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JOP. 2011 Jul 8;12(4):377-83.

Inoperable pancreatic cancer patients who have prolonged survival exhibit an increased risk of cholangitis.

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  • 1Division of Gastrointestinal and Liver Diseases, University of Southern California, Keck School of Medicine, Los Angeles, CA, USA.

Abstract

CONTEXT:

Endoscopically placed metal stents, which are patent for 4-9 months, have been the favored decompressive strategy for biliary obstruction due to inoperable pancreatic cancer in order to minimize interventions. However, in the past decade chemotherapeutic options have improved survival. This raises the question of whether metal stents will continue to be the optimal method of decompression.

OBJECTIVE:

We performed a study to determine the outcome of patients with non-operatively managed pancreatic adenocarcinoma with regards to the development of cholangitis.

DESIGN:

We reviewed all ERCP performed for malignant distal biliary obstruction in between December 1999 and December 2005 at University of California, San Francisco (UCSF).

PATIENTS:

Only patients who received chemotherapy for pancreatic adenocarcinoma were included. Patients who underwent surgical biliary diversion procedures were excluded. PRIMARY OUTCOME MEASUREMENT: The primary outcome was the development of cholangitis requiring hospitalization.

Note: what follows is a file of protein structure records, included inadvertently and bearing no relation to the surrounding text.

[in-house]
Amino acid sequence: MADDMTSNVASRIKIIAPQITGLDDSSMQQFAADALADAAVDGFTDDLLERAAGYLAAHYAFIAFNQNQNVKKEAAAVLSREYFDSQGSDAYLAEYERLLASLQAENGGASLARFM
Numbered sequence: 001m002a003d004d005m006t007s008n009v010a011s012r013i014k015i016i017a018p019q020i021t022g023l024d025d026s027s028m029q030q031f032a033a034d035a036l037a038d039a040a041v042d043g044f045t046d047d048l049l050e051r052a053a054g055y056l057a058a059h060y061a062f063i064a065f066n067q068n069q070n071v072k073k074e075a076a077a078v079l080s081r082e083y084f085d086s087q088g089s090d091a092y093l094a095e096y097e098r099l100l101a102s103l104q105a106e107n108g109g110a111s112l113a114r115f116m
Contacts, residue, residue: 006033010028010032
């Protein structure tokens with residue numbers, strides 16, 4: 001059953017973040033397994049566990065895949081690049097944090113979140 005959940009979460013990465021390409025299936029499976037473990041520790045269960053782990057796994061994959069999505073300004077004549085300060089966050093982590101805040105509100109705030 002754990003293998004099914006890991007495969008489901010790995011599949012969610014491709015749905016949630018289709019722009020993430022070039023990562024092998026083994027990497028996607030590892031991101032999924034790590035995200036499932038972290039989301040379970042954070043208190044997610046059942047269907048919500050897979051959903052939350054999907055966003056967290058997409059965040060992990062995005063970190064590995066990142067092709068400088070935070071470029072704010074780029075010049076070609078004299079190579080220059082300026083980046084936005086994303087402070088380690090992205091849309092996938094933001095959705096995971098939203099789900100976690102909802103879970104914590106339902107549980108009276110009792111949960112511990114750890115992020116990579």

RESULTS:

Among 200 patients with malignant distal biliary obstruction who underwent endoscopic biliary decompression procedures, 54 met study criterion. Metal stents were employed in 90.7% of these cases. The median survival of this population was 12.7 months (range: 2.6-34.6 months). Only 3 of 26 patients (11.5%) surviving one year or less developed cholangitis compared to 13 of 28 (46.5%) who survived more than one year. Thus patients surviving greater than one year had a five fold increase in the odds of developing cholangitis (odds ratio: 4.92; P=0.017).

CONCLUSIONS:

This cohort of inoperable pancreatic cancer patients undergoing chemotherapy survived longer than the expected patent period of metal stents employed for biliary decompression. The occurrence of cholangitis requiring hospitalization does increase markedly among long term survivors.

PMID:
21737900
PMCID:
PMC3371335
[PubMed - indexed for MEDLINE]
Free PMC Article
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